* filenames containing a ''/''​ (slash) can't be specified as argument to the ''​-p''​ option of the ''​hash''​ builtin command   * filenames containing a ''/''​ (slash) can't be specified as argument to the ''​-p''​ option of the ''​hash''​ builtin command
   * function definitions are not inherited from the environment at shell startup   * function definitions are not inherited from the environment at shell startup
-  * the environment variable ​''​SHELLOPTS'' ​is ignored at startup+  * the environment variable ​[[syntax:​shellvars#​SHELLOPTS|SHELLOPTS]] ​is ignored at startup
   * redirecting output using the ''>'',​ ''>​|'',​ ''<>'',​ ''>&'',​ ''&>'',​ and ''<​nowiki>>></​nowiki>''​ redirection operators isn't allowed   * redirecting output using the ''>'',​ ''>​|'',​ ''<>'',​ ''>&'',​ ''&>'',​ and ''<​nowiki>>></​nowiki>''​ redirection operators isn't allowed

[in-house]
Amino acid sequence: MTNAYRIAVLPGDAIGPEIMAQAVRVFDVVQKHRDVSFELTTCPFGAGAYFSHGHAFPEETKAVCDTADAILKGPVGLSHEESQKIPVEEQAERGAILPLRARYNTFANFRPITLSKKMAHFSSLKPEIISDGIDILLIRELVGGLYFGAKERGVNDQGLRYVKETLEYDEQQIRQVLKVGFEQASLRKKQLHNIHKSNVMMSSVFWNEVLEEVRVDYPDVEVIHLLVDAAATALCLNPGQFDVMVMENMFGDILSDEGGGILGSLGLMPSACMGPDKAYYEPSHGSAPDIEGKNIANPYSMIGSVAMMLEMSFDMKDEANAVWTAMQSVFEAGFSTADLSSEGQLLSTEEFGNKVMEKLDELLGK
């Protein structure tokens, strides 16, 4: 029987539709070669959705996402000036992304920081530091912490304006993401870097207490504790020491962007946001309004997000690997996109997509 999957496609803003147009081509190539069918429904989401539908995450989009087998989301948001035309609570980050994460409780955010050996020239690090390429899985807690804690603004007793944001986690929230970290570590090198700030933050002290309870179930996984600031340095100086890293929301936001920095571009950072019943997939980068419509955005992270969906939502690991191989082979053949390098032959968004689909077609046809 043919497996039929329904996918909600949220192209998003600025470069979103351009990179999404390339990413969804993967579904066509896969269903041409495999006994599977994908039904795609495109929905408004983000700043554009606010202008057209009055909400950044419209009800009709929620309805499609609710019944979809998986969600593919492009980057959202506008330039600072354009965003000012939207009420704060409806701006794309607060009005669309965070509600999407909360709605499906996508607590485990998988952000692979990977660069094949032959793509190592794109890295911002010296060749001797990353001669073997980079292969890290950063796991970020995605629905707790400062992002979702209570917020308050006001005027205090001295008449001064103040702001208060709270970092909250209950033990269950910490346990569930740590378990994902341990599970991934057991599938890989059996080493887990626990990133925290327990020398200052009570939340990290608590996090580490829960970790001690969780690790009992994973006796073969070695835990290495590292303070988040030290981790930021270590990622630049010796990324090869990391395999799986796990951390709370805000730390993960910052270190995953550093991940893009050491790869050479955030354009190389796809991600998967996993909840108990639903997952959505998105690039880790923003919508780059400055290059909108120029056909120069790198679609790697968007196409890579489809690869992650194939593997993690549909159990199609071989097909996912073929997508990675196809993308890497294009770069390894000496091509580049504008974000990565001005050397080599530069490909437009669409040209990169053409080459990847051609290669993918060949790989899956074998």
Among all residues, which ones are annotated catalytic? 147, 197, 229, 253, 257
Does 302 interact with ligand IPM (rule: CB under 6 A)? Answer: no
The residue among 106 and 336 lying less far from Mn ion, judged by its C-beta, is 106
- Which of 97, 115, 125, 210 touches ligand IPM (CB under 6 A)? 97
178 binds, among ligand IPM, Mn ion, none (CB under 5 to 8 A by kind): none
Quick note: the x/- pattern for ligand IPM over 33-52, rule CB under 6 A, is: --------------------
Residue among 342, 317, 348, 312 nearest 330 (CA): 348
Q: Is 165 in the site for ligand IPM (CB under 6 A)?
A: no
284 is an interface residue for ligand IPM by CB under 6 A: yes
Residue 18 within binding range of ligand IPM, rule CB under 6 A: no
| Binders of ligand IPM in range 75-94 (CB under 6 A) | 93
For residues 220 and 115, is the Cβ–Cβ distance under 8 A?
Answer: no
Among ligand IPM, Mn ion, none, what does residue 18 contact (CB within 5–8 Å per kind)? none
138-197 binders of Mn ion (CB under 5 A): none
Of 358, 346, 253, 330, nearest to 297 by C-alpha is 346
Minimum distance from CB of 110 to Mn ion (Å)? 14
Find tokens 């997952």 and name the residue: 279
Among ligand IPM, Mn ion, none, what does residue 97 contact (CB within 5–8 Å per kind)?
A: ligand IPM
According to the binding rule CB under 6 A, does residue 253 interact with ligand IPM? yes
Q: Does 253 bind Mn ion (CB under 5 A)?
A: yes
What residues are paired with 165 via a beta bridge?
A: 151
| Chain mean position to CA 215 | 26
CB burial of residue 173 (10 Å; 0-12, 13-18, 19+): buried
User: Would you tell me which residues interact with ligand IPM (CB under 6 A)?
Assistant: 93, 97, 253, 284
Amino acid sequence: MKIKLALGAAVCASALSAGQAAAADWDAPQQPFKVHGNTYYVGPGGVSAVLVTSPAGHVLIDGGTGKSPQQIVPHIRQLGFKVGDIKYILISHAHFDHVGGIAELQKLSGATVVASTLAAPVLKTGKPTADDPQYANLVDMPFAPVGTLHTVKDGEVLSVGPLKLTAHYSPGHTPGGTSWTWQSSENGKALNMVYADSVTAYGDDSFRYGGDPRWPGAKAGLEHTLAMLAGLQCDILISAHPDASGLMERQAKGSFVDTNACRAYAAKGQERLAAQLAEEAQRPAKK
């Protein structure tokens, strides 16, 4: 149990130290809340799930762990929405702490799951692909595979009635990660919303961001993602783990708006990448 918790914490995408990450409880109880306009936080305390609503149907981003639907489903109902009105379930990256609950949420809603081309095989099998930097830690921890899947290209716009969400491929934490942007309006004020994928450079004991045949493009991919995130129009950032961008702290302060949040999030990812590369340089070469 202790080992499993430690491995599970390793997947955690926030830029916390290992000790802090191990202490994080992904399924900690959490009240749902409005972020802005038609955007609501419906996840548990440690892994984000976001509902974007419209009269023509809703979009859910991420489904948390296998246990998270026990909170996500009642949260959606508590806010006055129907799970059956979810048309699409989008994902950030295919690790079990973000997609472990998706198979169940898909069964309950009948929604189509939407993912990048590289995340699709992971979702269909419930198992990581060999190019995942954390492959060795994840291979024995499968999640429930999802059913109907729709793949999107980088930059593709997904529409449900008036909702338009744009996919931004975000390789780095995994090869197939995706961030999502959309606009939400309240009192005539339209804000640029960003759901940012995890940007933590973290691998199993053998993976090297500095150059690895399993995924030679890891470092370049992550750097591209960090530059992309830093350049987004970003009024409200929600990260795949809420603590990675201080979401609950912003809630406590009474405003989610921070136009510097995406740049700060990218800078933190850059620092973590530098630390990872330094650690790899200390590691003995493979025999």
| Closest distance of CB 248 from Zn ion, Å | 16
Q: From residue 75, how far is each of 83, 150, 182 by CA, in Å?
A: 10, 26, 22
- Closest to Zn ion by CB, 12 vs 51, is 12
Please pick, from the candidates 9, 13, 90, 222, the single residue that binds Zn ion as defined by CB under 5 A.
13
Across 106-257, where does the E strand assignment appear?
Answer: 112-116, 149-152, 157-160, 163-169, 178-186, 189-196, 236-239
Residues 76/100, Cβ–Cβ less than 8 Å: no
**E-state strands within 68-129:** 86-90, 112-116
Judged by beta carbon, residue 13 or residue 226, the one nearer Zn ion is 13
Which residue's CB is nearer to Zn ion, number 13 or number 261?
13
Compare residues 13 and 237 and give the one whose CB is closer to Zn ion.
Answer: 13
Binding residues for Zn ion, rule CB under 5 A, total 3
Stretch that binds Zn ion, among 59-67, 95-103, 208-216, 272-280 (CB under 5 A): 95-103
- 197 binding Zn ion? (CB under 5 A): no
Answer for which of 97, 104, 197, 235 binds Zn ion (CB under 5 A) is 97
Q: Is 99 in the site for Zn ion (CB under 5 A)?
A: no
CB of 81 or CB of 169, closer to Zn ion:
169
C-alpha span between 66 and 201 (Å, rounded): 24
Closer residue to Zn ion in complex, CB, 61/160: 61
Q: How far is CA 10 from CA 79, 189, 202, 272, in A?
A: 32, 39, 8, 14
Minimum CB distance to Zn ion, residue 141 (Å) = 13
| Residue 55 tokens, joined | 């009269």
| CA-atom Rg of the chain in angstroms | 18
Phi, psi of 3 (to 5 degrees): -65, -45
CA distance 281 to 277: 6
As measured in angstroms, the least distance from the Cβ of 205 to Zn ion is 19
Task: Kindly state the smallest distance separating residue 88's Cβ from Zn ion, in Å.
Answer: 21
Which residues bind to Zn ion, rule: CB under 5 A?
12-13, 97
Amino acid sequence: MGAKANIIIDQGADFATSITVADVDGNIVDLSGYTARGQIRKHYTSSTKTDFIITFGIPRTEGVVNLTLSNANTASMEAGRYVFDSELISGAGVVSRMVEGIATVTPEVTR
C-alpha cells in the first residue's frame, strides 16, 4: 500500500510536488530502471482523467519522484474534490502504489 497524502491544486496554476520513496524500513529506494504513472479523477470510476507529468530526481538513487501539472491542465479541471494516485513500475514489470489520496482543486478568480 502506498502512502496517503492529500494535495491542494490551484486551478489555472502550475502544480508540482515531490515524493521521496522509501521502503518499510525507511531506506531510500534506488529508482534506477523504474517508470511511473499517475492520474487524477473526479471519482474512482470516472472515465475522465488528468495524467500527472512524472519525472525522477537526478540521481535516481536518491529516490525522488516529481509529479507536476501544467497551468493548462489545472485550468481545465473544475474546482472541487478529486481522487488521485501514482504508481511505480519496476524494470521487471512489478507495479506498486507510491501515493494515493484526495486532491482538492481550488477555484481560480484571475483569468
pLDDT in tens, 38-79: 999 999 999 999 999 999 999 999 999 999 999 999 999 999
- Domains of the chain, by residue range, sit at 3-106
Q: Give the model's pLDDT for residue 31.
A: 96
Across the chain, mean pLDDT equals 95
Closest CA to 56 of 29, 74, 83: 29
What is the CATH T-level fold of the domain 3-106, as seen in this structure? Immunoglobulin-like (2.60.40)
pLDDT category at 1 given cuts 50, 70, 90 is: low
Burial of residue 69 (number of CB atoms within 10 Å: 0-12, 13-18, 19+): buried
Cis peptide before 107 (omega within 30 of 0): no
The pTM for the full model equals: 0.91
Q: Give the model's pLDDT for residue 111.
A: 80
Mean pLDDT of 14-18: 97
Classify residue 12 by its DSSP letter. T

* the ''​exec''​ builtin command can't replace the shell with another process   * the ''​exec''​ builtin command can't replace the shell with another process
Line 311: Line 311:
   * turning off restricted mode with ''​set +r''​ or ''​set +o restricted''​ is (of course) forbidden   * turning off restricted mode with ''​set +r''​ or ''​set +o restricted''​ is (of course) forbidden
  
-When command ​is ran that's a shell script, and Bash is in charge to run that shell script, then the restrictions are **turned off** for the (sub-)shell that runs that shellscript.\\ +The "​-r"​ restrictions are turned on **after** Bash has read its startup files. 
-The restrictions are turned on **after** Bash read the startup files.+ 
 +When the command that is run is a shell script, then the restrictions are **turned off** for the (sub-)shell that runs that shell script
  
 __**The restricted shell can be switched on by:**__ __**The restricted shell can be switched on by:**__
  • scripting/bashbehaviour.1307199391.txt
  • Last modified: 2011/06/04 14:56
  • by thebonsai